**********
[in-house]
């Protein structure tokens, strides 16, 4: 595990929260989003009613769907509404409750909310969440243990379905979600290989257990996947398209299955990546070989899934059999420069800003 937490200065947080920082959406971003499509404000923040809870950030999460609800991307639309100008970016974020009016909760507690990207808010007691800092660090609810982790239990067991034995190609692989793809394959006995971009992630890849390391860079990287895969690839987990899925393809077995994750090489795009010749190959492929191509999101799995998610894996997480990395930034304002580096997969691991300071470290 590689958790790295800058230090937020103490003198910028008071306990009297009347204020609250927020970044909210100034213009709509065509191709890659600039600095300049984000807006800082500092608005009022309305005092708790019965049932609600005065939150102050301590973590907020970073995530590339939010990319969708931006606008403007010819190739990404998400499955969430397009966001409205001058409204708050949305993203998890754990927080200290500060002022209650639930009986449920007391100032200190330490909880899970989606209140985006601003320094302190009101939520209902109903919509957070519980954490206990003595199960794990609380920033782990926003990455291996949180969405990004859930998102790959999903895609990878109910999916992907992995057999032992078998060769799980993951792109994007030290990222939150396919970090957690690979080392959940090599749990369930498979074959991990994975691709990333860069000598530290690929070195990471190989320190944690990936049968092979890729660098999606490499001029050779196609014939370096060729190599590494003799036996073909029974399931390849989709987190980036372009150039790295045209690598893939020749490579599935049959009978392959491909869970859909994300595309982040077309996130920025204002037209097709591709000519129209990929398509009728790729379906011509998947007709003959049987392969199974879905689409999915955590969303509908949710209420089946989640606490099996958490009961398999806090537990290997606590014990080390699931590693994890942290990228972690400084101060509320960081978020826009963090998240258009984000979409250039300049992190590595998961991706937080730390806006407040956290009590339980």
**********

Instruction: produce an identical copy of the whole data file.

[in-house]
């Protein structure tokens, strides 16, 4: 595990929260989003009613769907509404409750909310969440243990379905979600290989257990996947398209299955990546070989899934059999420069800003 937490200065947080920082959406971003499509404000923040809870950030999460609800991307639309100008970016974020009016909760507690990207808010007691800092660090609810982790239990067991034995190609692989793809394959006995971009992630890849390391860079990287895969690839987990899925393809077995994750090489795009010749190959492929191509999101799995998610894996997480990395930034304002580096997969691991300071470290 590689958790790295800058230090937020103490003198910028008071306990009297009347204020609250927020970044909210100034213009709509065509191709890659600039600095300049984000807006800082500092608005009022309305005092708790019965049932609600005065939150102050301590973590907020970073995530590339939010990319969708931006606008403007010819190739990404998400499955969430397009966001409205001058409204708050949305993203998890754990927080200290500060002022209650639930009986449920007391100032200190330490909880899970989606209140985006601003320094302190009101939520209902109903919509957070519980954490206990003595199960794990609380920033782990926003990455291996949180969405990004859930998102790959999903895609990878109910999916992907992995057999032992078998060769799980993951792109994007030290990222939150396919970090957690690979080392959940090599749990369930498979074959991990994975691709990333860069000598530290690929070195990471190989320190944690990936049968092979890729660098999606490499001029050779196609014939370096060729190599590494003799036996073909029974399931390849989709987190980036372009150039790295045209690598893939020749490579599935049959009978392959491909869970859909994300595309982040077309996130920025204002037209097709591709000519129209990929398509009728790729379906011509998947007709003959049987392969199974879905689409999915955590969303509908949710209420089946989640606490099996958490009961398999806090537990290997606590014990080390699931590693994890942290990228972690400084101060509320960081978020826009963090998240258009984000979409250039300049992190590595998961991706937080730390806006407040956290009590339980």